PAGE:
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Market model team tests: Can artificial intelligence be used to predict Finland’s electricity consumption?

The purpose of this blog is to provide a brief overview of the world of machine learning and artificial intelligence, and for this purpose we tested how successful artificial intelligence is in predicting electricity consumption in Finland, writes Jarkko Tulensalo, Specialist at Strategic Grid Planning in Fingrid Oyj.

There are as many methods of predicting electricity consumption as there are experts. Traditionally, experts provide the prediction model with various rules on how electricity consumption depends on temperature, time of day, season, days of the week, holidays, etc. With the traditional method, experts are well on the ball and are the masters of their own predictions. On the other hand, it is quite challenging to describe all the various factors that influence electricity consumption by unambiguous rules, especially if the phenomena are interdependent and complex, as real life is in general. Figure 1 below shows Finland’s electricity consumption in 2018.

Figure 1: Finland’s electricity consumption in 2018 (source: ENTSO-E transparency platform).



Figure 2 illustrates how Finland’s electricity consumption correlates with the temperature in one Finnish locality. The red line shows how temperature can be used to predict Finland’s electricity consumption, which is, on average, quite correct. There is a clear correlation between temperature and power consumption (0.68 to be exact), but most of the points are quite far away from the line. Producing a good prediction of consumption would require a number of such rules related to other explanatory factors.

Figure 2: Correlation between Finland’s electricity consumption and temperature.

What distinguishes artificial intelligence from traditional electricity consumption analysis? Can artificial intelligence beat experts?

With artificial intelligence, in turn, a machine is provided with a mass of data and allowed to tell the experts how electricity consumption depends on the data provided. The experts do not offer different rules; instead, artificial intelligence examines the data, teaches itself the rules, and predicts on that basis. Machine learning is able to describe even complex cause-and-effect relationships, but sometimes artificial intelligence can be way off the mark, and explaining the results is also often challenging.

The purpose of this test was to try proof-of-concept: whether it is possible to use electricity consumption time series from neighbouring countries to teach artificial intelligence to predict electricity consumption in Finland. The general trend is likely to be quite similar to that in Finland. If Finland is experiencing a peak in cold winter weather with high electricity consumption, the same is probably also true for neighbouring Sweden and Estonia. If, in turn, it is warm in the summer in Sweden and Estonia with low consumption, the same is likely to be happening in Finland as well. When people wake up in Sweden on a weekday morning to go to work and turn on the lights, the same is also happening in Finland. When there is a holiday in Sweden, that is frequently also the case in Finland. So could it be possible to predict electricity consumption in Finland using only the electricity consumption of neighbouring countries? There are many “buts” and “maybes” here, but let’s try!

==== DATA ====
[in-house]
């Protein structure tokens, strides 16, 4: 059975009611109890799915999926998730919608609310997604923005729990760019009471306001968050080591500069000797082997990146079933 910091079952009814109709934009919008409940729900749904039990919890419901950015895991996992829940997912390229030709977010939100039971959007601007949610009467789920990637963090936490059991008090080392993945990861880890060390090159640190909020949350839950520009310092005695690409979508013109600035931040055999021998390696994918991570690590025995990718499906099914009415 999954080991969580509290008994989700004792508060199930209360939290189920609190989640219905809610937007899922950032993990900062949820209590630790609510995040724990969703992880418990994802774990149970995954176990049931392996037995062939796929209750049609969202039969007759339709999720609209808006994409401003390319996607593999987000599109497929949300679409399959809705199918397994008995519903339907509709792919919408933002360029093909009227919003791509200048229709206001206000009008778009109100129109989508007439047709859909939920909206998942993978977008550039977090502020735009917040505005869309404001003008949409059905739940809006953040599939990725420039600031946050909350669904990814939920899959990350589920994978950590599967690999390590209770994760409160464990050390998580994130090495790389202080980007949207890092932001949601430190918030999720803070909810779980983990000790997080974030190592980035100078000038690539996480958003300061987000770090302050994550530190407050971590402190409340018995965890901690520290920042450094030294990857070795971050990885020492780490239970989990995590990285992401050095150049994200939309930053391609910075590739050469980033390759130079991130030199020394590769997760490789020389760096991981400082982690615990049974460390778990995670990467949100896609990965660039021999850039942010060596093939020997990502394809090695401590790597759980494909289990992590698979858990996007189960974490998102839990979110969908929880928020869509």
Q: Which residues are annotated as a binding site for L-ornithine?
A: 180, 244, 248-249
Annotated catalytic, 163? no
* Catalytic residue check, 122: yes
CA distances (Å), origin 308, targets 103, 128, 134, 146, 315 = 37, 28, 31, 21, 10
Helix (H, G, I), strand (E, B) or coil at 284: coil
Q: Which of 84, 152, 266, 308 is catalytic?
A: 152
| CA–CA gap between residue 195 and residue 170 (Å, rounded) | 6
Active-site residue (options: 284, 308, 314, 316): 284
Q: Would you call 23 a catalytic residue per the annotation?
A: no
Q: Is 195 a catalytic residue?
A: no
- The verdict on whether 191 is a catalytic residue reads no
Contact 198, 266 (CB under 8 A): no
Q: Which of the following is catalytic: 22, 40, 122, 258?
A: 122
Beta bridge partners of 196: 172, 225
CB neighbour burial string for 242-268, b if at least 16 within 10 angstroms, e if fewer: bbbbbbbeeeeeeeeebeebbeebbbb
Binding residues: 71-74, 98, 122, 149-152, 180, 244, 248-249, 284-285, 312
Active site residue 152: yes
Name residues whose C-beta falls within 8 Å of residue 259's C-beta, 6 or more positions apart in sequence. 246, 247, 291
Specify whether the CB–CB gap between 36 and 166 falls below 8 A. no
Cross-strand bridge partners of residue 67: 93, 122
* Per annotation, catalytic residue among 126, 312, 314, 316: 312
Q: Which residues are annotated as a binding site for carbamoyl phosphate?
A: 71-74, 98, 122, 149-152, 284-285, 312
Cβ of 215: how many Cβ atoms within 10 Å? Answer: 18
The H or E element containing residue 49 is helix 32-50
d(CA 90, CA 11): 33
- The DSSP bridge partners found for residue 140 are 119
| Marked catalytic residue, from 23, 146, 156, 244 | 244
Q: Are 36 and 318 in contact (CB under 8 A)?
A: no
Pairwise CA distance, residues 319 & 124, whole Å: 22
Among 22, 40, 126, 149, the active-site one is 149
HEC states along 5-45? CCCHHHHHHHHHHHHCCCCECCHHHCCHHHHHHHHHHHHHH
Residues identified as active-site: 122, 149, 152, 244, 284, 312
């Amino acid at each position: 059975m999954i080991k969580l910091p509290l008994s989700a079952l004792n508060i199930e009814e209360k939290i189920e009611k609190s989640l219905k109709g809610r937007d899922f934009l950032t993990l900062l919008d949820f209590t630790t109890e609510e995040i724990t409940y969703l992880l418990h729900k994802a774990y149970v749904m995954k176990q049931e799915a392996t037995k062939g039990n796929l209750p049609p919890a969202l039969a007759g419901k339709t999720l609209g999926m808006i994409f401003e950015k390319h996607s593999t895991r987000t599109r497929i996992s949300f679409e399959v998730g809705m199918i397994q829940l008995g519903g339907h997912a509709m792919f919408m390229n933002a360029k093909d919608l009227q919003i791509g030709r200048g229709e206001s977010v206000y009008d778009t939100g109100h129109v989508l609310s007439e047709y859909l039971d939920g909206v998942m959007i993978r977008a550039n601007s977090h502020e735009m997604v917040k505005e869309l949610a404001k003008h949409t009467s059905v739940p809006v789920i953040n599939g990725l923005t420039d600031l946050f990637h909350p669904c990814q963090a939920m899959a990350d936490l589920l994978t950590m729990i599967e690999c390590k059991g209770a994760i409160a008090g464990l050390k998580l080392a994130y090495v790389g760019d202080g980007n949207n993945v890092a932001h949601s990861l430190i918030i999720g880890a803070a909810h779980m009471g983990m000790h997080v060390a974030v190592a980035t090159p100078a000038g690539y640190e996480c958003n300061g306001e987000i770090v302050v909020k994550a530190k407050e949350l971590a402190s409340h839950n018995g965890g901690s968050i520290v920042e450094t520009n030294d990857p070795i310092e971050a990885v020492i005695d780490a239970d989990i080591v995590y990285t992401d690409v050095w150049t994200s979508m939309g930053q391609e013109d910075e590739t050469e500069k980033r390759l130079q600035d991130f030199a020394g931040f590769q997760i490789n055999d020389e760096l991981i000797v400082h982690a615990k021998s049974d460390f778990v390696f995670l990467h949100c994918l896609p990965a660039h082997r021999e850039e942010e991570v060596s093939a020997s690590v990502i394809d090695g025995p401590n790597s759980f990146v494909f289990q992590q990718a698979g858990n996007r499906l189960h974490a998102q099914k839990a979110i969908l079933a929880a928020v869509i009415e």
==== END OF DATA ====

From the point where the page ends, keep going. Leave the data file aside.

Some of you might raise their eyebrows now, how do we know the consumption time series of our neighbours beforehand? You are correct, we don’t. The test is an example of many to show what could be possible with the help of machine learning. For the sake of simplicity, the example provided here is actually not forecasting future demand but showing how well we can predict historical values. However, from method perspective it does not make a difference. Artificial intelligence does not know if we are predicting the past or the future and it works the same way in both applications. The only thing that differs is what input data you can give the model and it will still teach itself based on the data given.

Support Vector Machines machine learning method tested

There are many different artificial intelligence methods as well. This test used a Support Vector Machines machine learning method, which I will call artificial intelligence for brevity. The method is openly available in Python’s sklearn package (SVR). What makes the method good for this purpose is that it also recognises the different interdependencies between all the various time series. For example, when consumption is high in Sweden and low in Estonia, what is its relationship to consumption in Finland?